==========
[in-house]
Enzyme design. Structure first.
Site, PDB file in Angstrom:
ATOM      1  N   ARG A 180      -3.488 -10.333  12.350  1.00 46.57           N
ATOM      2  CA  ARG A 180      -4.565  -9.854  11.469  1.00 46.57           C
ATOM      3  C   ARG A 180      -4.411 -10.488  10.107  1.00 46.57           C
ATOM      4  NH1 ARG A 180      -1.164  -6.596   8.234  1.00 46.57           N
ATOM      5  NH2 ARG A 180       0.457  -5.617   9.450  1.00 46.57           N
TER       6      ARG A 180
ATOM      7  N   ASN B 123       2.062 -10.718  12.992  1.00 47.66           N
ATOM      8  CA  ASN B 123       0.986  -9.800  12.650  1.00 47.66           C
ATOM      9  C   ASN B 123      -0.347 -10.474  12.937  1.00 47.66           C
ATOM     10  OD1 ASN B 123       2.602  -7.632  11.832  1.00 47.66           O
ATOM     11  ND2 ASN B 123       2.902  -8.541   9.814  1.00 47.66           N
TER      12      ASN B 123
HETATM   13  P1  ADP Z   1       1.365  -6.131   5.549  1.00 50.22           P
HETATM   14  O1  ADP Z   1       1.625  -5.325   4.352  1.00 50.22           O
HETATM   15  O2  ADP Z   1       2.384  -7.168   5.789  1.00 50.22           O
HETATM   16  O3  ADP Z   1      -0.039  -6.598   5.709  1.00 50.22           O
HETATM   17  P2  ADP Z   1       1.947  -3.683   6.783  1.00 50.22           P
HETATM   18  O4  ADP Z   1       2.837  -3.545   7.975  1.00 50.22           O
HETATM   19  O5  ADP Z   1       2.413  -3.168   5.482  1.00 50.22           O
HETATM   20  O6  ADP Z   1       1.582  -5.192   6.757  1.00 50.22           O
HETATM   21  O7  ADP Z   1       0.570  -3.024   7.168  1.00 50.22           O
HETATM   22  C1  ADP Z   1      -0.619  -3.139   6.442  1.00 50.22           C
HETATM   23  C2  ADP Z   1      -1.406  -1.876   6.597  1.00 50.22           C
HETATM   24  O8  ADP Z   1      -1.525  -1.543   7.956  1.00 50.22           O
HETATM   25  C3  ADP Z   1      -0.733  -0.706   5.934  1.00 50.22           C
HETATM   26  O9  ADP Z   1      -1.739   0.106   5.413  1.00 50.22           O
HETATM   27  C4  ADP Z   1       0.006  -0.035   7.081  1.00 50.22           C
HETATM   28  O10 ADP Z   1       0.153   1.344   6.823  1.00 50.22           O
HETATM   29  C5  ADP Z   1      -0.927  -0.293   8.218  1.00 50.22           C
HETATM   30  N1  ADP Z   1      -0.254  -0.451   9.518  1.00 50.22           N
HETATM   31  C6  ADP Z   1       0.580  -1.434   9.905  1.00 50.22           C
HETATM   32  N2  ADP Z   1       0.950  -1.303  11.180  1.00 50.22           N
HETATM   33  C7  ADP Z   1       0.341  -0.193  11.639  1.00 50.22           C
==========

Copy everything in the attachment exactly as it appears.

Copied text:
[in-house]
Enzyme design. Structure first.
Site, PDB file in Angstrom:
ATOM      1  N   ARG A 180      -3.488 -10.333  12.350  1.00 46.57           N
ATOM      2  CA  ARG A 180      -4.565  -9.854  11.469  1.00 46.57           C
ATOM      3  C   ARG A 180      -4.411 -10.488  10.107  1.00 46.57           C
ATOM      4  NH1 ARG A 180      -1.164  -6.596   8.234  1.00 46.57           N
ATOM      5  NH2 ARG A 180       0.457  -5.617   9.450  1.00 46.57           N
TER       6      ARG A 180
ATOM      7  N   ASN B 123       2.062 -10.718  12.992  1.00 47.66           N
ATOM      8  CA  ASN B 123       0.986  -9.800  12.650  1.00 47.66           C
ATOM      9  C   ASN B 123      -0.347 -10.474  12.937  1.00 47.66           C
ATOM     10  OD1 ASN B 123       2.602  -7.632  11.832  1.00 47.66           O
ATOM     11  ND2 ASN B 123       2.902  -8.541   9.814  1.00 47.66           N
TER      12      ASN B 123
HETATM   13  P1  ADP Z   1       1.365  -6.131   5.549  1.00 50.22           P
HETATM   14  O1  ADP Z   1       1.625  -5.325   4.352  1.00 50.22           O
HETATM   15  O2  ADP Z   1       2.384  -7.168   5.789  1.00 50.22           O
HETATM   16  O3  ADP Z   1      -0.039  -6.598   5.709  1.00 50.22           O
HETATM   17  P2  ADP Z   1       1.947  -3.683   6.783  1.00 50.22           P
HETATM   18  O4  ADP Z   1       2.837  -3.545   7.975  1.00 50.22           O
HETATM   19  O5  ADP Z   1       2.413  -3.168   5.482  1.00 50.22           O
HETATM   20  O6  ADP Z   1       1.582  -5.192   6.757  1.00 50.22           O
HETATM   21  O7  ADP Z   1       0.570  -3.024   7.168  1.00 50.22           O
HETATM   22  C1  ADP Z   1      -0.619  -3.139   6.442  1.00 50.22           C
HETATM   23  C2  ADP Z   1      -1.406  -1.876   6.597  1.00 50.22           C
HETATM   24  O8  ADP Z   1      -1.525  -1.543   7.956  1.00 50.22           O
HETATM   25  C3  ADP Z   1      -0.733  -0.706   5.934  1.00 50.22           C
HETATM   26  O9  ADP Z   1      -1.739   0.106   5.413  1.00 50.22           O
HETATM   27  C4  ADP Z   1       0.006  -0.035   7.081  1.00 50.22           C
HETATM   28  O10 ADP Z   1       0.153   1.344   6.823  1.00 50.22           O
HETATM   29  C5  ADP Z   1      -0.927  -0.293   8.218  1.00 50.22           C
HETATM   30  N1  ADP Z   1      -0.254  -0.451   9.518  1.00 50.22           N
HETATM   31  C6  ADP Z   1       0.580  -1.434   9.905  1.00 50.22           C
HETATM   32  N2  ADP Z   1       0.950  -1.303  11.180  1.00 50.22           N
HETATM   33  C7  ADP Z   1       0.341  -0.193  11.639  1.00 50.22           C